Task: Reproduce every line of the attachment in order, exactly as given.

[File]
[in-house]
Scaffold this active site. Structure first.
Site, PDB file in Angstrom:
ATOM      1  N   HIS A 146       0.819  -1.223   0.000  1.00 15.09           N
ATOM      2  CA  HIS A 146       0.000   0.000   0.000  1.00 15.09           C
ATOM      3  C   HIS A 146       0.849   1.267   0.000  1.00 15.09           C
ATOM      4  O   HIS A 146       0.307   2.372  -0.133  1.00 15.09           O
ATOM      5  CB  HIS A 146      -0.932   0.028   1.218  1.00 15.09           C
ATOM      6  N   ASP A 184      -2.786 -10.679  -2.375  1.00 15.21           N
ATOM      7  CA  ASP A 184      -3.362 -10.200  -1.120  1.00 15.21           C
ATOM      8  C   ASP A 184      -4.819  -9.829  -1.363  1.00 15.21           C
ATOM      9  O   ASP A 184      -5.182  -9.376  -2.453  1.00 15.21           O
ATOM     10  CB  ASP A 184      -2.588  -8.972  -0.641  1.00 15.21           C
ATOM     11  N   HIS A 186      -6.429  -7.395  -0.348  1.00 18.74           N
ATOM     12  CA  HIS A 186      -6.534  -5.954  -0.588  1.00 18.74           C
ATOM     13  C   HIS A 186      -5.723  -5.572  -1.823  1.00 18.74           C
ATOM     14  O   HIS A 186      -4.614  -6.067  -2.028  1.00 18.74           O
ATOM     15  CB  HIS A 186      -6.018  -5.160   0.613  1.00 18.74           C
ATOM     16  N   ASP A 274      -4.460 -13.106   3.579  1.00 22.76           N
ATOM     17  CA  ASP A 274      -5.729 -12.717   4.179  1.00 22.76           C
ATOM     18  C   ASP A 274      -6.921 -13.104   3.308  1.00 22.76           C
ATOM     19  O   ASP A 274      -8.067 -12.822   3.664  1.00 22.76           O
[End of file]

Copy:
[in-house]
Scaffold this active site. Structure first.
Site, PDB file in Angstrom:
ATOM      1  N   HIS A 146       0.819  -1.223   0.000  1.00 15.09           N
ATOM      2  CA  HIS A 146       0.000   0.000   0.000  1.00 15.09           C
ATOM      3  C   HIS A 146       0.849   1.267   0.000  1.00 15.09           C
ATOM      4  O   HIS A 146       0.307   2.372  -0.133  1.00 15.09           O
ATOM      5  CB  HIS A 146      -0.932   0.028   1.218  1.00 15.09           C
ATOM      6  N   ASP A 184      -2.786 -10.679  -2.375  1.00 15.21           N
ATOM      7  CA  ASP A 184      -3.362 -10.200  -1.120  1.00 15.21           C
ATOM      8  C   ASP A 184      -4.819  -9.829  -1.363  1.00 15.21           C
ATOM      9  O   ASP A 184      -5.182  -9.376  -2.453  1.00 15.21           O
ATOM     10  CB  ASP A 184      -2.588  -8.972  -0.641  1.00 15.21           C
ATOM     11  N   HIS A 186      -6.429  -7.395  -0.348  1.00 18.74           N
ATOM     12  CA  HIS A 186      -6.534  -5.954  -0.588  1.00 18.74           C
ATOM     13  C   HIS A 186      -5.723  -5.572  -1.823  1.00 18.74           C
ATOM     14  O   HIS A 186      -4.614  -6.067  -2.028  1.00 18.74           O
ATOM     15  CB  HIS A 186      -6.018  -5.160   0.613  1.00 18.74           C
ATOM     16  N   ASP A 274      -4.460 -13.106   3.579  1.00 22.76           N
ATOM     17  CA  ASP A 274      -5.729 -12.717   4.179  1.00 22.76           C
ATOM     18  C   ASP A 274      -6.921 -13.104   3.308  1.00 22.76           C
ATOM     19  O   ASP A 274      -8.067 -12.822   3.664  1.00 22.76           O